By Angharad Mountford, EY Copywriter
It’s a funny thing, stepping into an artist’s studio. Perhaps it’s like tiptoeing around someone’s bedroom, or opening up a private diary – there’s a feeling that you are entering a sacred space, one in which ideas are formed, decisions are made, creativity is initiated and yet one which also feels strangely out of bounds.
When, therefore, I was lucky enough to attend a studio tour of artist Vanessa Jackson’s creative space in Bermondsey, I felt a strange sense of intrusion. That, however, was quickly dissolved as the handful of people and the artist herself began to talk art and inspiration, techniques and teaching. Over a glass of wine, we all felt thoroughly welcome in this paint-splattered, colourful and inspiring first floor room.
Despite Jackson’s formal art education at the Royal College of Art, her pieces are anything but traditional. Paintings of geometric ideas crossed with modernist lines, all in vibrant hues and clashing colours, line the walls of her studio (you can also see them on display at the Royal Academy). Although intended to be independent pieces, a lot of Vanessa Jackson’s art works incredibly well in sequence and alongside each other.
Her personal sketchbook was not for our eyes, but bar that, Vanessa was open with how she created certain pieces, the fact that a lot of what she did she threw away, and her annoyance when critics brand her work as ‘cubist’.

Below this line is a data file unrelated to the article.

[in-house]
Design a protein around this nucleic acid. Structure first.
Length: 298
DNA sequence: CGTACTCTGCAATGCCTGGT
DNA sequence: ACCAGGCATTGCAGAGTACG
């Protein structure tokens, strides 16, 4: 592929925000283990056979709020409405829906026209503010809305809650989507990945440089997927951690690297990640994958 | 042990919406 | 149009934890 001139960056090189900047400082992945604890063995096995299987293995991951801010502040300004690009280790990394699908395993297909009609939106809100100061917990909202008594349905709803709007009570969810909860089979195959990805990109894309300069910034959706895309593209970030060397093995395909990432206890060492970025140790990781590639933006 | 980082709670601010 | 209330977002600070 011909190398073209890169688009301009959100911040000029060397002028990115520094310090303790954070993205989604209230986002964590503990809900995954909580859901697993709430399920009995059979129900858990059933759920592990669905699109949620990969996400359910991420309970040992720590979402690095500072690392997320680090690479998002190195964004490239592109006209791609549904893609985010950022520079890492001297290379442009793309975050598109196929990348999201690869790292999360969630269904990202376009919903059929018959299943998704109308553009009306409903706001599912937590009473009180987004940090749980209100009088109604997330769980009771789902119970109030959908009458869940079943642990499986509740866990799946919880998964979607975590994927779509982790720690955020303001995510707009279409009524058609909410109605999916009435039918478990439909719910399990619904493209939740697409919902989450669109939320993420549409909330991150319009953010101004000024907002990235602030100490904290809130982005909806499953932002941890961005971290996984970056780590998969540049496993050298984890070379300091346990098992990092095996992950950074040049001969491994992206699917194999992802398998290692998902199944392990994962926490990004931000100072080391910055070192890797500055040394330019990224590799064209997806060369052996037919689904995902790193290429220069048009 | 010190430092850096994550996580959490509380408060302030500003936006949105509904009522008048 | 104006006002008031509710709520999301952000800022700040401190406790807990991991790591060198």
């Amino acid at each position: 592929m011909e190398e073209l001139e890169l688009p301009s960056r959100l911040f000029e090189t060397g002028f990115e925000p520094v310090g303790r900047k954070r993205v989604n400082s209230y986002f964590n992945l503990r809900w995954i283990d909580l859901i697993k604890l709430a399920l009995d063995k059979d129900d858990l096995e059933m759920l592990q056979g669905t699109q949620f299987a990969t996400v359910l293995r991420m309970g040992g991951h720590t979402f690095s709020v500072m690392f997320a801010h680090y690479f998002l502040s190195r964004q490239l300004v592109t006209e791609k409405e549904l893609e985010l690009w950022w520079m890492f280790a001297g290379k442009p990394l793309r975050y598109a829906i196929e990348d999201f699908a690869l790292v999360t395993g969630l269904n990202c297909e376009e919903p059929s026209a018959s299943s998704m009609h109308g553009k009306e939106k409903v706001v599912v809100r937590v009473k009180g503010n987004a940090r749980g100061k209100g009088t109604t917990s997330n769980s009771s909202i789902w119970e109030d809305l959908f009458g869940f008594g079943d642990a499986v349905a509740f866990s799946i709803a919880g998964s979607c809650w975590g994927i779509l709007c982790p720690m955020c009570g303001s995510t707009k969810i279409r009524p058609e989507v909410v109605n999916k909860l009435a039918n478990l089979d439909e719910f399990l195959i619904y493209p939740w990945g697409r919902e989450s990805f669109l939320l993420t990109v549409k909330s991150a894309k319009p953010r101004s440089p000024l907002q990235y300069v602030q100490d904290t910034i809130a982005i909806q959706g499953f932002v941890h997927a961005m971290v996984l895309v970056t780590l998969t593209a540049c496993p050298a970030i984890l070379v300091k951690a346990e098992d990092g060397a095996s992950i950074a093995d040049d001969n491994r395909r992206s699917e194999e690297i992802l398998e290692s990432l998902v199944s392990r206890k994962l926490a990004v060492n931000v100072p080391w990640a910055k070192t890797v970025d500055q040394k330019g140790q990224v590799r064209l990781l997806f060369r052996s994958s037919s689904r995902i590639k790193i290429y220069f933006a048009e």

To glimpse the ‘behind the scenes’ activity and space was enlightening, not least to get the artist’s perspective on her own work, but also to talk frankly about the art world in general. Jackson answered every question put forward to her, showed us pretty much anything we wanted to see, and made us all feel thoroughly welcome.
I don’t quite know if I expected a beret-wearing, overalled individual painting at an easel, but my insight into the world of an artist was one which inspired, fascinated and excited me. I now want to be completely and utterly creative.
This studio tour was organised by the Royal Academy of Arts and offered to EY as a benefit of our corporate partnership with them. Access to RA exhibitions is free for employees.